digital agriculture innovations? To answer to this question, it will be necessary: 1) To clarify concepts and definitions
(responsible innovation, digital agriculture). 2) To draw up an inventory of the advantages and negative impacts
digital technologies may have, especially in agriculture. 3) To identify relevant case studies, in the field of digital
agriculture innovations, to describe innovation processes, and characterize them in terms of responsibility, using
qualitative methods. 4) To assess the adequacy between the innovation process and users adoption. 5) Finally,
recommendations could be made for improvement of processes, and a method could be proposed. The case studies
will be chosen in the field of smartphone apps for agriculture. Some of them will come from southern countries to
enrich the analysis. -

12) The Innovation System of Digital Agriculture facing the ecological transition

Contact : Jean-Marc Touzard


Institute : INRA

Summary :
The thesis, which is positioned in the multidisciplinary field of Innovation Studies (Economics, Management and
Sociology of innovation), mobilizes the approach of innovation systems, in order to analyze the development of
digital agriculture and its possible effects on the ecological transition in the French agriculture. The thesis will thus
study the modalities of adoption of digital innovations by two forms of agriculture that seek to contribute to this
transition, either by "optimization of conventional practices" or by "breaking through organic farming". The research
combines i) a national mapping of the innovation system of digital agriculture (census of institutions, firms, networks
contributing to these innovations) with ii) the analysis of local dynamics of innovation in 3 sectors marked by both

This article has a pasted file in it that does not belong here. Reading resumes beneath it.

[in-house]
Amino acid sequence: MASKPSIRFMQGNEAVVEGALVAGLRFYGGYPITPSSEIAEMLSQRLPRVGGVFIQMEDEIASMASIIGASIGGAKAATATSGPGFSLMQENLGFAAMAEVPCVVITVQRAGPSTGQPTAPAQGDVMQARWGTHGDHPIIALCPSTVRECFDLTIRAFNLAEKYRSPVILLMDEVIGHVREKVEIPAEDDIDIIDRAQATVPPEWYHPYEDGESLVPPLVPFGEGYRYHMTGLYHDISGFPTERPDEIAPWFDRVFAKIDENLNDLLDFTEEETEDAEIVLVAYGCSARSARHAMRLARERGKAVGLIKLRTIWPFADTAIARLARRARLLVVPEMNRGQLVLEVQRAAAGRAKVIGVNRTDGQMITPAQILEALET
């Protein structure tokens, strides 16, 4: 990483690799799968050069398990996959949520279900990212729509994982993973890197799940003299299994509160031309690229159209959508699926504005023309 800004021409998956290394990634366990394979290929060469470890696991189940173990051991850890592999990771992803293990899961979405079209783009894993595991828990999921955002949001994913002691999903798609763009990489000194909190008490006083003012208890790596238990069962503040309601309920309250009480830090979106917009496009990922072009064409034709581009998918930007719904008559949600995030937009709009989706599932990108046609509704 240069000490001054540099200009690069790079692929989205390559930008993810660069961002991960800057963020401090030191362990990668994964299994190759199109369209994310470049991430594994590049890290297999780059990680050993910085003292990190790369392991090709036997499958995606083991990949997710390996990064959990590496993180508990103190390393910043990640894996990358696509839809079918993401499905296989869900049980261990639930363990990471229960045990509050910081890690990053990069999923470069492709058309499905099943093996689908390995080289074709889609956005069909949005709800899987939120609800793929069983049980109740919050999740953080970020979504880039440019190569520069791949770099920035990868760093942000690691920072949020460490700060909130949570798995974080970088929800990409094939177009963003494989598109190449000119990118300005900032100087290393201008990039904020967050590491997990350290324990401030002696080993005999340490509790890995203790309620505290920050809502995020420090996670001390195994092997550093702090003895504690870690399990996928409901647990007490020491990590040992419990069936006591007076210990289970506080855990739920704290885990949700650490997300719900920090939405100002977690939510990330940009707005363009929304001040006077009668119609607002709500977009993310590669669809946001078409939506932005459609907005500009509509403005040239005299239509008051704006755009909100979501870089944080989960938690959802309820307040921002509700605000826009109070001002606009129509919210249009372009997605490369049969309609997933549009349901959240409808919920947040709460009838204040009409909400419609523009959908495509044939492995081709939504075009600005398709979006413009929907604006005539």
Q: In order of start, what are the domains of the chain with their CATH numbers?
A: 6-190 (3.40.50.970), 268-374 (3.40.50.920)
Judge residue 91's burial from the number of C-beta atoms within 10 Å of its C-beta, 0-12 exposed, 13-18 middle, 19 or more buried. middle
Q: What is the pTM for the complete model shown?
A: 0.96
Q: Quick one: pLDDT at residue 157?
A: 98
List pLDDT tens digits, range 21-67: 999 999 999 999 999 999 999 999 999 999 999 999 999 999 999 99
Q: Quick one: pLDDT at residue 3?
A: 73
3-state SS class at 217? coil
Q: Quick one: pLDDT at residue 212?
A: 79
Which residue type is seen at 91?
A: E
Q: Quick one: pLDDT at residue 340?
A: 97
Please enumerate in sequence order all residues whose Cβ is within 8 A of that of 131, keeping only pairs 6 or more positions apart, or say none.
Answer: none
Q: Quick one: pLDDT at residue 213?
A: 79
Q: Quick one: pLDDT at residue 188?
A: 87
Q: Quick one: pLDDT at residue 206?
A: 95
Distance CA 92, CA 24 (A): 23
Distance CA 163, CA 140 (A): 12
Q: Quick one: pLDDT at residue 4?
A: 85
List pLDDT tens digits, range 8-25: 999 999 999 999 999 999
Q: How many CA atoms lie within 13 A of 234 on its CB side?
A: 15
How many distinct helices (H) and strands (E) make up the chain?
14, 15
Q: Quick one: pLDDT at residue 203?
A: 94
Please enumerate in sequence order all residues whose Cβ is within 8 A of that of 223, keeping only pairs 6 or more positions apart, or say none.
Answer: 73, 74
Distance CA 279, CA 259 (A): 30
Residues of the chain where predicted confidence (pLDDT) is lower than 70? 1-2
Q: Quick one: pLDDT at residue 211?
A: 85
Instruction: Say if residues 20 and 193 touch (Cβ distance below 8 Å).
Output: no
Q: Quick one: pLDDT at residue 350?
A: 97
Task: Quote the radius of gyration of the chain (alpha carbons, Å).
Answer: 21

the development of digital agriculture and the coexistence of the two models which aim at contributing to the
greening of agriculture: milk, cereal crops and wine (survey on a sample of farms). Digital agriculture has never been
analyzed by Innovation Studies as a global movement, transforming agricultural sectors, its institutions, communities
of knowledge and practices: This is a major scientific issue in research on innovation in agriculture. The thesis will
contribute directly to the DigitAg convergence institute (axis 1), to the priorities of INRA (# 3Perf) and to the research
on innovation network on 'Innovation (RNI). -

13) Improving food security systems by linking heterogeneous data - The case of
agricultural production in West Africa

Contact: Agnès Bégué


Institute: Cirad

Summary :
This thesis aims at the improvement of Food Security Monitoring systems through the use of heterogeneous data,
focusing on the management of agricultural production risks. While agroclimatic data (e.g., satellite imagery, climate
information, etc.) has been widely used for this task, the use of data coming from different domains (i.e., household
surveys, social media, press, business analyses) has often been neglected. Remote sensing data is widely used for
real time monitoring of vegetative growth, but is not sufficient to explain complex food safety-risk phenomena. The
aim of this thesis is twofold: (i) to define innovative data mining techniques that will be able to exploit this
heterogeneous data context. To reach this goal, three phases have been identified: (a) automatic discovery of